Filipe Braganca

Sleip welcomes vet and biomechanics expert Filipe Braganca to the team

Filipe Braganca, DVM, PhD and assistant professor at the Utrecht University and DVM, joins the tech team at Sleip, where he will focus on further development of the biomechanical aspects in the platform. 

“Filipe has been a driving force, as a researcher and practitioner, in furthering knowledge of equine biomechanics and the use of technology and data to better care for horses, says Axel Nyström, CEO at Sleip AI. “Sleip is breaking new scientific and technological ground to make precise motion analysis accessible, and Filipe will be a tremendous asset on our continued journey.” 

“Sleip’s technology and approach is game-changing, for veterinarians, for horses and for the people who care for them. I am thrilled to be a part of the continuing development of the Sleip platform, says Filipe Braganca.

Combining a passion for horses and technology 

Filipe is a biomechanical researcher and an equine veterinarian, but his career started with studies in engineering.

“I started my studies in electronics and computer engineering, before I began my veterinary training”, says Filipe. “While I was studying electronics I started to  miss the interaction with horses. At that point, I decided to move to veterinary medicine. But now I combine my passion for horses with developing methods that use technology and data to improve horse welfare.”

Before taking up a PhD candidate position at the Utrecht University, Filipe worked at an equine clinic in the UK. His interest in gait analysis also stems from those early days of assessing lameness, and not always seeing what his colleagues were seeing. This triggered him to look further for technological solutions to help veterinarians assessing lameness.  

The difficulty humans have in perceiving lameness in horses has also been a focus of his research.  “In one of my later research studies several FEI judges were asked to look at the same horses and deem them fit to compete or not fit to compete. There was not much agreement among them, and we see the same thing with lameness assessments”, says Filipe.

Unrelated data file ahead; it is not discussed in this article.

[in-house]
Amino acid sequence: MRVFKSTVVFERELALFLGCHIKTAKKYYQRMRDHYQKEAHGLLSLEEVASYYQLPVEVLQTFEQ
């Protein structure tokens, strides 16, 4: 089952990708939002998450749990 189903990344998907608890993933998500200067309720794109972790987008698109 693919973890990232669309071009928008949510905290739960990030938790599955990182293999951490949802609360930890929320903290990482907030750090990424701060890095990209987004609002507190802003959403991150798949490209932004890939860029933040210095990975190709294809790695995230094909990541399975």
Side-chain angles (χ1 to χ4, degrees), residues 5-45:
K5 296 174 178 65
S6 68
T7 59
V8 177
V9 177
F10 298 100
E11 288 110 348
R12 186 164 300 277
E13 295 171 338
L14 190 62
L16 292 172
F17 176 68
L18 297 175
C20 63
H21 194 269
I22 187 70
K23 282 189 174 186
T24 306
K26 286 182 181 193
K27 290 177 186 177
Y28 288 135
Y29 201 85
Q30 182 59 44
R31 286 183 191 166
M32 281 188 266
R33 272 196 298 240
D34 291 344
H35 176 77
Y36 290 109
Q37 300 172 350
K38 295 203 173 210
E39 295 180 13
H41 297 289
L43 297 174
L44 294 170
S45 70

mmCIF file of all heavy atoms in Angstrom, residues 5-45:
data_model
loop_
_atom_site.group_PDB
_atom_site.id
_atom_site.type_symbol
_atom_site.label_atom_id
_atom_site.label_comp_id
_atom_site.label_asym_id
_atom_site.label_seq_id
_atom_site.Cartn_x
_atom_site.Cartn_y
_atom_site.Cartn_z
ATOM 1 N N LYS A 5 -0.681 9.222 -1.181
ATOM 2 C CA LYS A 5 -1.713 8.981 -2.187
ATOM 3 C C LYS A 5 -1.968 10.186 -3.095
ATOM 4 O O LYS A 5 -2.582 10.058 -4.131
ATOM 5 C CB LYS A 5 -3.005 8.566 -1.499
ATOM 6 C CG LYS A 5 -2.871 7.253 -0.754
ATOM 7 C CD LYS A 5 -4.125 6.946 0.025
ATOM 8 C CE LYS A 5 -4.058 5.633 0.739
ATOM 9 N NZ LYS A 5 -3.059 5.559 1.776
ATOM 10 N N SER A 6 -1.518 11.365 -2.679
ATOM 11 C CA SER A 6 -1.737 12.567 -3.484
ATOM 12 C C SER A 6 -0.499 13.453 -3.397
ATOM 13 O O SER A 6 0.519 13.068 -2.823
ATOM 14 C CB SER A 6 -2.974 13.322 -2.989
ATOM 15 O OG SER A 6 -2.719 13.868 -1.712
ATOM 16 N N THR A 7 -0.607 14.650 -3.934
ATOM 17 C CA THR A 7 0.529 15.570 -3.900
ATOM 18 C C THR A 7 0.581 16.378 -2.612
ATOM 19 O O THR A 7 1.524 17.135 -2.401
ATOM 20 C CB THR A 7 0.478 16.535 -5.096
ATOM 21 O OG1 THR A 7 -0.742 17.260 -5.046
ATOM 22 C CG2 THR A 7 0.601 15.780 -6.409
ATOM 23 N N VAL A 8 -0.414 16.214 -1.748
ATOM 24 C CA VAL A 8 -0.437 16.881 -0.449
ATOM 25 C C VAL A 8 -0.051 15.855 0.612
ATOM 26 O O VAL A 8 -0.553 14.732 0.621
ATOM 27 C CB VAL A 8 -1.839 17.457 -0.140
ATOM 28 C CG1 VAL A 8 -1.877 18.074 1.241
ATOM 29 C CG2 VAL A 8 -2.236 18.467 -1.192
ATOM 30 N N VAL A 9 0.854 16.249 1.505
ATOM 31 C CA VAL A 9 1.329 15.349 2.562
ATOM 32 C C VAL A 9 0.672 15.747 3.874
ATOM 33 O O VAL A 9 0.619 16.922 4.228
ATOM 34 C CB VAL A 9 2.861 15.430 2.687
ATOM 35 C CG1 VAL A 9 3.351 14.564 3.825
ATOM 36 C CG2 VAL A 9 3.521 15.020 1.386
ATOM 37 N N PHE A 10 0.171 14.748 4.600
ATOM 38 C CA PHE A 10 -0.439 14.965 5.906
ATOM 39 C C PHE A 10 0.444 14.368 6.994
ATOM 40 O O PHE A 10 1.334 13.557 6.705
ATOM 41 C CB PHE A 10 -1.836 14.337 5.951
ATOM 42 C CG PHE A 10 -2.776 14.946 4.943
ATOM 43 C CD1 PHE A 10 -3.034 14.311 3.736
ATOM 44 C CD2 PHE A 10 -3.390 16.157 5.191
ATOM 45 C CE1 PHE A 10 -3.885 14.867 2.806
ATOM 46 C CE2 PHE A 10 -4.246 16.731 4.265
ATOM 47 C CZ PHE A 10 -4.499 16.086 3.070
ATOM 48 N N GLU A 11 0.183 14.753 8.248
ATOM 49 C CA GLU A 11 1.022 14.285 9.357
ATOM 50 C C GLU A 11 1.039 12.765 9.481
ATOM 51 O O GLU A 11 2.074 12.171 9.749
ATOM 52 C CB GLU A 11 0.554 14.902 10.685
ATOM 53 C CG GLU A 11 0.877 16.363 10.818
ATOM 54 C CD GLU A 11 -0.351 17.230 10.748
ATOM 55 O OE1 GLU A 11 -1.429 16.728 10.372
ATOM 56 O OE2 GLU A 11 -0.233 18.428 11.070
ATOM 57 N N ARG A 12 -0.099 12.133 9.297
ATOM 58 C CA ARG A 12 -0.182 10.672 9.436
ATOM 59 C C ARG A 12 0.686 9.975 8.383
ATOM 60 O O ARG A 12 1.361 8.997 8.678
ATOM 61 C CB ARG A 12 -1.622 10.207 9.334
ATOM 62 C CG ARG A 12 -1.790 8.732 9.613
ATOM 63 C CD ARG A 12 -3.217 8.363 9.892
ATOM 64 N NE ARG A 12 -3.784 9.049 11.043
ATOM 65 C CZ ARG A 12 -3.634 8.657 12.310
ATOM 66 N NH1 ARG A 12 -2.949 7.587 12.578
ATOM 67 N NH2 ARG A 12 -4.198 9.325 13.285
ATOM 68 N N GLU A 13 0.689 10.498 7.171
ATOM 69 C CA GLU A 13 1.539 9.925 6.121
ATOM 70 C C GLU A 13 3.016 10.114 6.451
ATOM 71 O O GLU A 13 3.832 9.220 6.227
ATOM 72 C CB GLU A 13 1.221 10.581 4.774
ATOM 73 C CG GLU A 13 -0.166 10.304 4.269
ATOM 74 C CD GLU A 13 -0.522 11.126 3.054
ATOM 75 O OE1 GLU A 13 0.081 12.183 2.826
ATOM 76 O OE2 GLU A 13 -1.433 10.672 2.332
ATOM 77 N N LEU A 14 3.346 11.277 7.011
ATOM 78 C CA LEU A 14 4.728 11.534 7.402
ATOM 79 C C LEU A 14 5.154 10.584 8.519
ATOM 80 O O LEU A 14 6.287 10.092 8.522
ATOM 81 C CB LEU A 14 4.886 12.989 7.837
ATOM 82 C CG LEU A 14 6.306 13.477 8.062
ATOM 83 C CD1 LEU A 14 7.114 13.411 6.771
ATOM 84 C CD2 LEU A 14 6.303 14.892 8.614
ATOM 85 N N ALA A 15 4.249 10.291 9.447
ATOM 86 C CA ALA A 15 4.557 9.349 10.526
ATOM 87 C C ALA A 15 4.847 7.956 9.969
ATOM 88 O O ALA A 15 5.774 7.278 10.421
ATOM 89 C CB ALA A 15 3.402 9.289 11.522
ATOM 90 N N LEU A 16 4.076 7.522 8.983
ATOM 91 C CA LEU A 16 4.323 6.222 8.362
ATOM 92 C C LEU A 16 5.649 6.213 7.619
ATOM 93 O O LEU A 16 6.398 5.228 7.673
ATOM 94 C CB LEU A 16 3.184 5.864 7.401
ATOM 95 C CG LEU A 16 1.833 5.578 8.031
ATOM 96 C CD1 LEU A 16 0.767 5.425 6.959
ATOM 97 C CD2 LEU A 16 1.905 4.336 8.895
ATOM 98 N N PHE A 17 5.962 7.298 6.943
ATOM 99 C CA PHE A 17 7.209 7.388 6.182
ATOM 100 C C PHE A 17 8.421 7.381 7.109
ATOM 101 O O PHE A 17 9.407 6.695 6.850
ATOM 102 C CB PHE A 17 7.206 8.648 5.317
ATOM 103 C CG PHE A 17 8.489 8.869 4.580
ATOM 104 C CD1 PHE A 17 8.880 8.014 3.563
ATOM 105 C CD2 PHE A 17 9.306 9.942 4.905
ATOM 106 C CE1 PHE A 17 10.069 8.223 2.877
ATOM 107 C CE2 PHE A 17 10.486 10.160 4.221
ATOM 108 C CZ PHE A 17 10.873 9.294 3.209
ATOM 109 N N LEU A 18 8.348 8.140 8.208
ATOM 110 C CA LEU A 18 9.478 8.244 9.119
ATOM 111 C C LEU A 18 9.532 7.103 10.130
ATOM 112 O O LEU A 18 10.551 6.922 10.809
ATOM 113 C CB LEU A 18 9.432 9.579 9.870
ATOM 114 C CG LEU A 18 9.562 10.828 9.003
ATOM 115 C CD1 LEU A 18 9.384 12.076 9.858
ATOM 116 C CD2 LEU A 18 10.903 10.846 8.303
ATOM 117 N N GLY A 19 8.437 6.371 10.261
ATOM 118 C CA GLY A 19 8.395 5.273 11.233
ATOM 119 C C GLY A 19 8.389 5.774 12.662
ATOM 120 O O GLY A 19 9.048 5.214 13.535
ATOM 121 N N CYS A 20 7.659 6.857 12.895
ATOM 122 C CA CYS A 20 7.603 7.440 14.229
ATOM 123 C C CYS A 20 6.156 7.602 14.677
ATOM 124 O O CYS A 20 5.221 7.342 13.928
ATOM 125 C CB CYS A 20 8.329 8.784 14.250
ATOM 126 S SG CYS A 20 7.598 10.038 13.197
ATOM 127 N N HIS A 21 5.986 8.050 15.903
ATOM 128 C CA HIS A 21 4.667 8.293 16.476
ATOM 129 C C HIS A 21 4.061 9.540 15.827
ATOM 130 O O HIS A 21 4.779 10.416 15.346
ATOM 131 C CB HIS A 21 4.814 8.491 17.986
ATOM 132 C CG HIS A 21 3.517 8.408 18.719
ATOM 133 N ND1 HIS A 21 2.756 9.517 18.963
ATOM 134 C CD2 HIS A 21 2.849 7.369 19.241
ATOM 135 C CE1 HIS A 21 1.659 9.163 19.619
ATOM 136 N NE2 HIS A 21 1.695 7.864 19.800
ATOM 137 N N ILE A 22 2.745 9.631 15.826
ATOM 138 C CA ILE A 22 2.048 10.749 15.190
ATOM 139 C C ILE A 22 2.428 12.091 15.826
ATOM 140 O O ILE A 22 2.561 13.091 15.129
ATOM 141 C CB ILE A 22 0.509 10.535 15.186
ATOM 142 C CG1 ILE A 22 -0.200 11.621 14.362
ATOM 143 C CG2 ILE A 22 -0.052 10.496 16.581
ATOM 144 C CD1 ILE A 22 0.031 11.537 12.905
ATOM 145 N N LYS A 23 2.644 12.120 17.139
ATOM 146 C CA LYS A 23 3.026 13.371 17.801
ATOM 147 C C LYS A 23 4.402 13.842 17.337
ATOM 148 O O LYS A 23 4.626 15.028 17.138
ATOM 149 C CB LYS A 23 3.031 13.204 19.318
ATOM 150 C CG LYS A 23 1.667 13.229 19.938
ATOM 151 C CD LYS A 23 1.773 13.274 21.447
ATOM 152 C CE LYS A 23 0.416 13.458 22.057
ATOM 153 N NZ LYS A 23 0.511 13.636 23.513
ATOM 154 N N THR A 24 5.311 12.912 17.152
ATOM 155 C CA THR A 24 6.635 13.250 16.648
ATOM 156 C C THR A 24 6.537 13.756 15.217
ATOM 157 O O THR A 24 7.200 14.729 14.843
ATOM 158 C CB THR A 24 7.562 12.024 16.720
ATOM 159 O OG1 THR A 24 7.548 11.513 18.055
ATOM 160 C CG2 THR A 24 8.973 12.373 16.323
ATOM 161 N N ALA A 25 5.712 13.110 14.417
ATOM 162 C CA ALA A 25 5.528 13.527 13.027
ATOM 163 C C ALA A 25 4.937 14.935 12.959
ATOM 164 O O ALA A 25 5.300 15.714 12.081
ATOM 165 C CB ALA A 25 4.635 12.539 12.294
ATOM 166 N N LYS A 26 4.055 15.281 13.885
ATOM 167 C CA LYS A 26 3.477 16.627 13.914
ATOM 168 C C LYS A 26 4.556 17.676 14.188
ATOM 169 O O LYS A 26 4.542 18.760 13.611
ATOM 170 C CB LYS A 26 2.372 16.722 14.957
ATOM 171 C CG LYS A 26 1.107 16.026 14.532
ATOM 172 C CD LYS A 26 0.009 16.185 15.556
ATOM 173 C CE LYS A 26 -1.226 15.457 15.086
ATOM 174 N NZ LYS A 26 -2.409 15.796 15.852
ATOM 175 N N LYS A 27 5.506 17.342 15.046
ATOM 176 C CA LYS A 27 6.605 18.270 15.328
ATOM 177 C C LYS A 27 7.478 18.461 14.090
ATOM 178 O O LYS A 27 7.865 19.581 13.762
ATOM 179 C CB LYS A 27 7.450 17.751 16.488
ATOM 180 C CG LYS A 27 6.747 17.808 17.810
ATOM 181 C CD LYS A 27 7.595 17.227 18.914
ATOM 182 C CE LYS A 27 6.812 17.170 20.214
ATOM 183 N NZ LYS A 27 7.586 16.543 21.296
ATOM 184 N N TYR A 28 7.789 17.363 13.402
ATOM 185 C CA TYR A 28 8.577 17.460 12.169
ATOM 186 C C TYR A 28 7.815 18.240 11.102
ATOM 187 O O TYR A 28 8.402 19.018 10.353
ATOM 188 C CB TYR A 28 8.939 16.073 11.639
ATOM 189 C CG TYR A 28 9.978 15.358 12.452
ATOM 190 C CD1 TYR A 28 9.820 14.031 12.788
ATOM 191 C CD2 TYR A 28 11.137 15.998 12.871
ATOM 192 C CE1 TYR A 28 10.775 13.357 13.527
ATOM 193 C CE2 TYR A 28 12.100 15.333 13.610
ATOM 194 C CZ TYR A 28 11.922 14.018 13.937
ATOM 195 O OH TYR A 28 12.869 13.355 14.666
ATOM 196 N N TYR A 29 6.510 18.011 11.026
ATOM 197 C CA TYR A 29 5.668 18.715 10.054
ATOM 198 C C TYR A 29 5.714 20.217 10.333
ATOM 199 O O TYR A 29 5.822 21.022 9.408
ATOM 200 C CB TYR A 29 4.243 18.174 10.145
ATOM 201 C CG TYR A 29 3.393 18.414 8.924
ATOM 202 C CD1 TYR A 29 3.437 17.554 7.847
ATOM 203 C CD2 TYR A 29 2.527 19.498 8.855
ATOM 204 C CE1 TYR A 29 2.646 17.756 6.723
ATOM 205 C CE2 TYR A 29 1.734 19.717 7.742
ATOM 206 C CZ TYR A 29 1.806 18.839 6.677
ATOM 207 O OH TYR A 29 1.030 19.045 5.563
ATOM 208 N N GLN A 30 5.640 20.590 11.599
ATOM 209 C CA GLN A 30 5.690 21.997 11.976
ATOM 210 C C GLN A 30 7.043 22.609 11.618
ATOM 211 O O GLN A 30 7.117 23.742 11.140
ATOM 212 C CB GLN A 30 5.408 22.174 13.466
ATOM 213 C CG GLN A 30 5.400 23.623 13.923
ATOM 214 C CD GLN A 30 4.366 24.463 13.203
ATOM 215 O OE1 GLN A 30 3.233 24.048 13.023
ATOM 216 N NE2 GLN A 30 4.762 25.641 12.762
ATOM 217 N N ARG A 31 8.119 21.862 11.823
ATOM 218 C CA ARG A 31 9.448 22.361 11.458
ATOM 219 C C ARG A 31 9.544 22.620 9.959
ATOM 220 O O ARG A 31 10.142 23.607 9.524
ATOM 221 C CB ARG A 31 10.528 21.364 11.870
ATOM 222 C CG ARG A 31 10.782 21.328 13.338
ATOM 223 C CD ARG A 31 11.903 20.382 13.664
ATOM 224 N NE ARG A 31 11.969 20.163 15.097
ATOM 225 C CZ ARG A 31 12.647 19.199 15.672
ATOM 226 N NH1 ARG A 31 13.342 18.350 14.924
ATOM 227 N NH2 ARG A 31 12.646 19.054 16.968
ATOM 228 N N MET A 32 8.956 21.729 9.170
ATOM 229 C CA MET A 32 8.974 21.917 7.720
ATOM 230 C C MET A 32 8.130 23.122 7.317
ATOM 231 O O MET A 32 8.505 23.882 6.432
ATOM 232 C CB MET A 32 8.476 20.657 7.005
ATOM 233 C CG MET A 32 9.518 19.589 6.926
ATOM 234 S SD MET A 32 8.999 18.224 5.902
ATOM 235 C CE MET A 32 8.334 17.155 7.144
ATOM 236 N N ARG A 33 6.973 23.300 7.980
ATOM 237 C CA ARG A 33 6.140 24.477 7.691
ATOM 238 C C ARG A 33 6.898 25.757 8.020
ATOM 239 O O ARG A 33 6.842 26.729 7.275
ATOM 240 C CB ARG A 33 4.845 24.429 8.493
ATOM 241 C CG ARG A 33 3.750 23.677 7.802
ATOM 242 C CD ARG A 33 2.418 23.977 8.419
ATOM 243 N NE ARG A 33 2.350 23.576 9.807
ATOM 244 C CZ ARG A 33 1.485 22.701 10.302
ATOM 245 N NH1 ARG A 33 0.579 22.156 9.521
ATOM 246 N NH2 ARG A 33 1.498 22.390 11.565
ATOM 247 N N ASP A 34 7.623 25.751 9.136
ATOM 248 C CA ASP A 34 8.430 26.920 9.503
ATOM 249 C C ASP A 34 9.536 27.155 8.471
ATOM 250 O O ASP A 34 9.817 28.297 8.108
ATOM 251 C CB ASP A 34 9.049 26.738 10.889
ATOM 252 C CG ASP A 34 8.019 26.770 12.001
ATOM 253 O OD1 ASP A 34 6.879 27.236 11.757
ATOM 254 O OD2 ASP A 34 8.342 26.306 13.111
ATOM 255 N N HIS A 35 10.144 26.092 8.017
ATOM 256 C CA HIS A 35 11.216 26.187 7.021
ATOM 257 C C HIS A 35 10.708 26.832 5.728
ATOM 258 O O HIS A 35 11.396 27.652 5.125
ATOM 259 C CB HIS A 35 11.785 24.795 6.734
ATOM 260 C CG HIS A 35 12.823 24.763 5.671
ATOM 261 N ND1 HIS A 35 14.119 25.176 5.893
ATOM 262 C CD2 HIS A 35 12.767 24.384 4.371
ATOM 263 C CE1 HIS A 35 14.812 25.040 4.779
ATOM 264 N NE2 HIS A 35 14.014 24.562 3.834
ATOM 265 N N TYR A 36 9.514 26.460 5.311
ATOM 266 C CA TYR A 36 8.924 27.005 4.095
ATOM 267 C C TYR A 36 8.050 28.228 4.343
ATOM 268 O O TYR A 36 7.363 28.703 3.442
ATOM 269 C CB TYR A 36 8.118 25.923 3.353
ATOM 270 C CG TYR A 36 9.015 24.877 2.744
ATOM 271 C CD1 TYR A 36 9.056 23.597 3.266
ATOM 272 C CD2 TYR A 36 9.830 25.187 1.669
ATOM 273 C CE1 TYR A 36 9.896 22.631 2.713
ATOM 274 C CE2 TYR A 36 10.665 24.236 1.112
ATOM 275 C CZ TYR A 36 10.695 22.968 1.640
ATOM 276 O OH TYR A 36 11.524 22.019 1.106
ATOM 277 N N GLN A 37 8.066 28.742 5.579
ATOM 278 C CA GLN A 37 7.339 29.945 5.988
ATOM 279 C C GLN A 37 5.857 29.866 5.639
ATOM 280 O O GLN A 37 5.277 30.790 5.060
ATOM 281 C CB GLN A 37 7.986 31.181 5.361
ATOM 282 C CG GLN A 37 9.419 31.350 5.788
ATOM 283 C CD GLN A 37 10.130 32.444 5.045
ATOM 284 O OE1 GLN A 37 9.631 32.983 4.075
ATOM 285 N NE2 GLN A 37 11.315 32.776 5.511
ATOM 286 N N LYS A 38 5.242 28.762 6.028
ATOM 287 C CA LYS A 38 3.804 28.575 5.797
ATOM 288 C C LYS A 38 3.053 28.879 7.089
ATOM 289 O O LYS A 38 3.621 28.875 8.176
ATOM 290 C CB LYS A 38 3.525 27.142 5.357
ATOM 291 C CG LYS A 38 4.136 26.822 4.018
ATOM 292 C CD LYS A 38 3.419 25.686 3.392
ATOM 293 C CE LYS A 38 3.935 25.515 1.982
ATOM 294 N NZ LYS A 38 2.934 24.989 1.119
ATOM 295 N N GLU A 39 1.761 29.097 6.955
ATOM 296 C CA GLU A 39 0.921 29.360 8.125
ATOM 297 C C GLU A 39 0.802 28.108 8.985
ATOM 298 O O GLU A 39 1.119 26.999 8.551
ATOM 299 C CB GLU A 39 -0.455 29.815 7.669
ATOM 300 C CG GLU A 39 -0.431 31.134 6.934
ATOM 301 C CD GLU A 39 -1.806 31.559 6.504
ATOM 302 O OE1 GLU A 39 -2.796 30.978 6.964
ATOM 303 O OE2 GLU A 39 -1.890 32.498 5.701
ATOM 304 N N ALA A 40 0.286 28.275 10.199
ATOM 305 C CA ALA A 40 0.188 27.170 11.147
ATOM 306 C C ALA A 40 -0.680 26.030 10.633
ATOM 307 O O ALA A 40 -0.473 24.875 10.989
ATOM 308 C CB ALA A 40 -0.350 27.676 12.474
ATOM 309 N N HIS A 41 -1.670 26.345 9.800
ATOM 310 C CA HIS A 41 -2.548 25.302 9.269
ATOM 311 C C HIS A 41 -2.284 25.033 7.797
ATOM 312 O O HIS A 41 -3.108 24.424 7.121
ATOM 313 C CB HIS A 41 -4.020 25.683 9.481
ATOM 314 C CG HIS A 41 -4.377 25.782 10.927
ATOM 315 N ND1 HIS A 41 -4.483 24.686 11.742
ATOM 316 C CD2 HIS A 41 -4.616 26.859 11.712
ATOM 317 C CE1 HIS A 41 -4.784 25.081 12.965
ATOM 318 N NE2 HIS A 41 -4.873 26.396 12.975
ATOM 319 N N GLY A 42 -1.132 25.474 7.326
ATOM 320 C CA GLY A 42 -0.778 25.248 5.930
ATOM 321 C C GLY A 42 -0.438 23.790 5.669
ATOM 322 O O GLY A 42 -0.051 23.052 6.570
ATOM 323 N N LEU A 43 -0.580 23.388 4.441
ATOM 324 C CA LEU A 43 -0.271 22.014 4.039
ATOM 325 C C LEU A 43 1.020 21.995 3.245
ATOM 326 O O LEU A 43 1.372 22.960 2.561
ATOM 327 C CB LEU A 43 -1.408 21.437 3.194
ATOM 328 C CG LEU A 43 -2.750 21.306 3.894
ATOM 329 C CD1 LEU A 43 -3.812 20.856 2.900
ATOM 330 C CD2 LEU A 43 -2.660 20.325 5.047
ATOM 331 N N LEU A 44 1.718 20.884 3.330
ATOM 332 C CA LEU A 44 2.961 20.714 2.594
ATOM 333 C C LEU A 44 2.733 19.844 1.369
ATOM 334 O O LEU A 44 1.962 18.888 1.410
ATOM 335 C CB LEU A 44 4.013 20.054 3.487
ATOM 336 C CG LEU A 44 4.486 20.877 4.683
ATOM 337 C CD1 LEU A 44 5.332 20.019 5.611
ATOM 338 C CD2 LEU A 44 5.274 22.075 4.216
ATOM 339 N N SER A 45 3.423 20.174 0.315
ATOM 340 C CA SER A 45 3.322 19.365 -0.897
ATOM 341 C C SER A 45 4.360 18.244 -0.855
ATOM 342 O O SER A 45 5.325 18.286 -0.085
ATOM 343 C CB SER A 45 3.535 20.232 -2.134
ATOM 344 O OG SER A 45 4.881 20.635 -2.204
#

Objective gait analysis gaining ground

Filipe notes a shift in the global equine community. With more and more research in place and advances in technology making objective gait analysis more accessible, attitudes have changed. 

“When I started out my research, we were still having “man versus machine” discussions. Most vets would say they could see better than what the technology could measure and that overreliance on technology could be damaging to our profession as veterinarians. I sometimes compare it to when the use of imaging methods, such as radiographs and ultrasound scans was first introduced in veterinary medicine. It took a few decades to build the necessary knowledge to incorporate imaging methods in veterinary practice, but few would question the use of these methods such as X-rays or MRI today.  I believe we are going down a similar path with gait analysis.” 

In Filipe’s opinion, access to precise measurements and documentation of the way a horse moves makes the work of veterinarians easier and gives the team around each individual horse valuable insights. Furthermore, the widespread access breaks some of the current barriers for further implementation of gait analysis in veterinary practice. 

“Gait analysis is becoming so accessible and practical that there is no longer an excuse not to do it” says Filipe.  

Objective gait analysis is now part of the curriculum for veterinarians training at the University of Utrecht and there are a growing number of postgraduate training and courses held by various organizations and clinics each year. 

Horse welfare and social license to operate

The past few years have seen an increased focus on the issue of animal welfare, and the social license to operate connected to horses. Filipe is passionate about this development and believes objective gait measurements can play an important role in this respect.

“The current discussion questioning the welfare of horses in the equine sport industry is mainly based on emotions and feelings of riders, trainers and spectators. Technology such as Sleip can give a voice to the horses, with objective data that can feed into our welfare decisions in a more objective and unbiased manner.   Using technology and data to get under the skin of horses as it were, is like giving them a voice. Of course, it won’t tell us everything, but it adds a piece to the puzzle so we can move further in the right direction.” 

Objective measurements provide a basis for more standardized and objective assessments of whether a horse is fit to compete and what impact certain training and activity has on the horse. 

“For example, by monitoring horses at home, during training and then just before the competition we will be able to say more clearly and objectively that a particular horse entering a competition or race is fit to compete, " says Filipe. 

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